Wednesday, September 12, 2012

Thoughts on the Afghan Surge

As I'm wrapping up my time here in Maiwand, I've been putting together what is essentially a pass-down book.  It contains a lot of stuff that people who work in the district, or whose work affects the district, need to know.  Things like a list of all the public schools, information on who's in the shuras, writeups on the key power players, data on community councils, project reports, all kinds of things.  Some of it's narrative, some tables, some lists, and a few pictures.  Not exactly the Great American Novel, but if you're interested in Maiwand, it's a good thing to have around for reference.

One of the areas that I've really learned a lot about while doing this project is the recent history of the district.  By "recent", I mean since the establishment of the communist regime back in the 1970's, through the Soviet invasion, to the civil war years, then the Taliban rule, and finally the "modern" period since 2001.  The elders of this district have lived through all of this.  Some of them were on opposite sides at various times.  Some of them were literally shooting at each other on occasion and will joke about it now.  "That was you in that field?  I was in the back of the pickup shooting at you!" "Really?  Well, you still can't aim your AK worth a hoot!"

After the 2001 invasion, this place got very little attention.  There were no US/NATO forces stationed out here for years.  The government was really corrupt and the Taliban was able to re-group.  Mullah Omar's original madrassa is about 20 miles down the road, so this area is the Taliban's home turf, and they took advantage of it.  By 2007 they had pretty much free rein here.  NATO forces (under Canadian leadership) came out on disruption operations, but they didn't have enough manpower to stay for any length of time, beyond manning checkpoints on the highway.

That began to change in 2008 when the 2-2 Infantry arrived.  They started building two bases, one at Sakari Karez (now closing) and the other here.  It looks like force levels stayed about the same through 2009 before sufficient forces arrived, through the surge, to begin to make a difference.  In early 2010, just 2 1/2 years ago, there was still no functioning government.  The District Governor and the shura members who were still active (and alive) all lived in Kandahar City.  The district office buildings were unusable.  ISAF controlled the district center, main highway, and not much else.  But the increase in ISAF (primarily US) presence allowed us to start changing things.  The governor and shura members started coming back.  Buildings were fixed up and occupied.  A model farm was built.  Kids went back to school.  The Afghan police and army units became more professional and effective.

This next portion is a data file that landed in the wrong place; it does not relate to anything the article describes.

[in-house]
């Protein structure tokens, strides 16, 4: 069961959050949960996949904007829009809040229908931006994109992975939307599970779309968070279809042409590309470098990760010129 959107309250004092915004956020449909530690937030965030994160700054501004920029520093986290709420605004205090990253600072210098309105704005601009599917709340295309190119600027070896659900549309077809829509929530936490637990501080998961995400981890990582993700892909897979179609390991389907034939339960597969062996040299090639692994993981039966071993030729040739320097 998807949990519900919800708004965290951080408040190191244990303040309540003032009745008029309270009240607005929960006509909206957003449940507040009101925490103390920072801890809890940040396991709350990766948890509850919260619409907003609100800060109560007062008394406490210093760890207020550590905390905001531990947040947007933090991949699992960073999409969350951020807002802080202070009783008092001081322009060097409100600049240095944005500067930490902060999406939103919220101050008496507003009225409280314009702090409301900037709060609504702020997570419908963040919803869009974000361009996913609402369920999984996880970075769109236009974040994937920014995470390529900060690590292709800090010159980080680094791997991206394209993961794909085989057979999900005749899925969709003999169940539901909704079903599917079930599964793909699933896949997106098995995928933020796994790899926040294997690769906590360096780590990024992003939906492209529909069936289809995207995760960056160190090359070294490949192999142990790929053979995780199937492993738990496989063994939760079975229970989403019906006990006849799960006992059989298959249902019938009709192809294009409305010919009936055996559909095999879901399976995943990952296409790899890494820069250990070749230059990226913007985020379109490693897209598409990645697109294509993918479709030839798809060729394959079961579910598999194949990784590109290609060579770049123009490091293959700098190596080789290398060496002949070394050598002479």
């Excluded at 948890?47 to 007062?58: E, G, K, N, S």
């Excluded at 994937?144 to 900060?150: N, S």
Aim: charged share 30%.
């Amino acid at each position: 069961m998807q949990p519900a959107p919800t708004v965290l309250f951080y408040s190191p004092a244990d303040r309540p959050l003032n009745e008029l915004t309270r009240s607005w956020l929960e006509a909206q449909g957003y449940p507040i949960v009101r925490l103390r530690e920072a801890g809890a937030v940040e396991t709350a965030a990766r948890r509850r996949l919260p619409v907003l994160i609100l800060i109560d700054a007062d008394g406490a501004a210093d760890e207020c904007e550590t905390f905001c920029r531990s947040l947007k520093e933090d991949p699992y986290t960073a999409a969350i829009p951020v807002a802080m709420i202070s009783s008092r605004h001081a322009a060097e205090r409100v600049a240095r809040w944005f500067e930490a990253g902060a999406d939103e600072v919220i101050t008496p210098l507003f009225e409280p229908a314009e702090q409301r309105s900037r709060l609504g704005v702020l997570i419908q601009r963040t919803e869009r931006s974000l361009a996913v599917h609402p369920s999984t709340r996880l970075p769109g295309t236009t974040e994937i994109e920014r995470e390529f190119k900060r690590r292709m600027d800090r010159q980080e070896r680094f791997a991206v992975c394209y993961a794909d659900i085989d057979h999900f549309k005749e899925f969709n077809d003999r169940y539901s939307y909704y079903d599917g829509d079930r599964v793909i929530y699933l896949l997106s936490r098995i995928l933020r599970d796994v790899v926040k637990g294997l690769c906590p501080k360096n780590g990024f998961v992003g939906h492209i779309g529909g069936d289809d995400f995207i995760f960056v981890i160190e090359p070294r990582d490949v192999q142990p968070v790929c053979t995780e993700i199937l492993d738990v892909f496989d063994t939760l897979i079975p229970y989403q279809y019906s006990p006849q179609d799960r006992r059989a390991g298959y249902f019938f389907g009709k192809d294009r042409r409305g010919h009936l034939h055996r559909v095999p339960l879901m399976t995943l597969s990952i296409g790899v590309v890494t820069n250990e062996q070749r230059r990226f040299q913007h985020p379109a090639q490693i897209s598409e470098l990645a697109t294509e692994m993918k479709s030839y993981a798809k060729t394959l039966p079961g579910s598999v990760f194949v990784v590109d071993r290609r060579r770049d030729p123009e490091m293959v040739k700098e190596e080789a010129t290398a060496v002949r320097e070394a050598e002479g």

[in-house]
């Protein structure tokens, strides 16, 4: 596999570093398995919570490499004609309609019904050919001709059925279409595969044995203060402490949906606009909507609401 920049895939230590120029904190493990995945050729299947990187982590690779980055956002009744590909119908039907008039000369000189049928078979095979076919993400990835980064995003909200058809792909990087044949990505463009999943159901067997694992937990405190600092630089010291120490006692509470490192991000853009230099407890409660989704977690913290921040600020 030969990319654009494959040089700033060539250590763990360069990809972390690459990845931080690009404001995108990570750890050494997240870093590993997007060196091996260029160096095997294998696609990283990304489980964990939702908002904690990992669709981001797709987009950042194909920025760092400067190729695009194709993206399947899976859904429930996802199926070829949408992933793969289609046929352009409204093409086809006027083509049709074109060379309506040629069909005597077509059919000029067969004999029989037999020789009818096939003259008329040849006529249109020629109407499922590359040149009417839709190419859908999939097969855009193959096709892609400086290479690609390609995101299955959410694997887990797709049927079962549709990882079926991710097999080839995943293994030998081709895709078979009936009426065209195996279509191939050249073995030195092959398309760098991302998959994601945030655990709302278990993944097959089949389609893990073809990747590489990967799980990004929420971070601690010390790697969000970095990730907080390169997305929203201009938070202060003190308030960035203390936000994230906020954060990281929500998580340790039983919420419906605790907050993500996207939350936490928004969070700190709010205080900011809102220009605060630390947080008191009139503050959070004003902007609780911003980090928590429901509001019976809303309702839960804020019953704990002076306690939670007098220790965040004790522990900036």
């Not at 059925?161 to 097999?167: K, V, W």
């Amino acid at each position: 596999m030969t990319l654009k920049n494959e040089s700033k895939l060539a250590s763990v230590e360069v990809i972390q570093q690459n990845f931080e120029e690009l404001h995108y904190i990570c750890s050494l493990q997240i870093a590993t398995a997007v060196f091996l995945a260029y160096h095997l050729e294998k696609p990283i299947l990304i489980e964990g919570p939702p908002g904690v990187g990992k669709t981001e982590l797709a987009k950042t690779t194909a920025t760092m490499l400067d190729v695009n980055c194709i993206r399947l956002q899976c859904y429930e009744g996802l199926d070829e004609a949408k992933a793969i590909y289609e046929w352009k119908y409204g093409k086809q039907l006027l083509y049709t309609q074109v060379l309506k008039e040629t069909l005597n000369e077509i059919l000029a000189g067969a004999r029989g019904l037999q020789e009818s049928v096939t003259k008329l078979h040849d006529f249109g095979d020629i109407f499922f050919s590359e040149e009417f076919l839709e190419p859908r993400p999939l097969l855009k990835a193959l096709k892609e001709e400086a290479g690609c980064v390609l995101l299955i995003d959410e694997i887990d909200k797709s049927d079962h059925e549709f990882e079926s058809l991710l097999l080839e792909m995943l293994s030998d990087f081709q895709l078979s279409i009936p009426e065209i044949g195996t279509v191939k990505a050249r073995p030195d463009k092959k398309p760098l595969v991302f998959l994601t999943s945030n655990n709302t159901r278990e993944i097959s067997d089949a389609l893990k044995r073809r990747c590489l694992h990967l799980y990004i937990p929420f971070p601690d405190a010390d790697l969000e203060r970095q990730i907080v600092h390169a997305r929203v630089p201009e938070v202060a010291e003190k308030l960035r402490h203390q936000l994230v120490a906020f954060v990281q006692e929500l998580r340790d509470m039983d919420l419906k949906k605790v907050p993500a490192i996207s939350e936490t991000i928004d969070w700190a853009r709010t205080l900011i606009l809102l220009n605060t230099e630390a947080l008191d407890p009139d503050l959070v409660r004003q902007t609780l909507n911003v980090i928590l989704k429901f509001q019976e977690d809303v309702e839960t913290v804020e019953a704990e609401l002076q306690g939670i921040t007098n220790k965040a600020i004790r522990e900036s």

I gripe about the slow pace of progress here, but when I look back on how this place was just a couple of years ago, it's a world of difference.  Our governor not only comes to work every day, but he brought his family to live here.  Our shuras are often lively and contentious affairs.  People come to the district center from all over the district.  The bazaar is lively and people can travel on the road with a reasonable expectation of getting where they want.  There are about 400 boys in the main school here on any given day and we're about to open up the first classes for girls in many years.

That is not to say that all is peaches and cream.  IED's are a daily occurrence around the district.  There is a lot of corruption in government.  This district grows more poppy than any other district in Kandahar Province because they can't really grow anything else.  As a result, the narcotics trafficking rings are very strong and tied in with the Taliban.  People like me can't go out in town.

But if you want to know if the surge made a difference, I can say yes, it did.  I see the difference every day.

Whether it will last is a different question.  Our forces are drawing down.  The Afghan security forces are pretty good and will fight like hell if the Afghan government gives them the support and supplies they need.  That's not a given.  The corruption level will have to drop to Afghan-normal levels in order to be at least acceptable to the natives.  And I don't think the outlying areas will come under government control for many years.

What my predecessors in the military, civilian, and Afghan worlds have built here in just a few years is quite amazing.  It still has a long way to go, and it's very fragile.  But the Afghan people have some hope for an alternative to the violent and repressive Taliban regime.

No comments: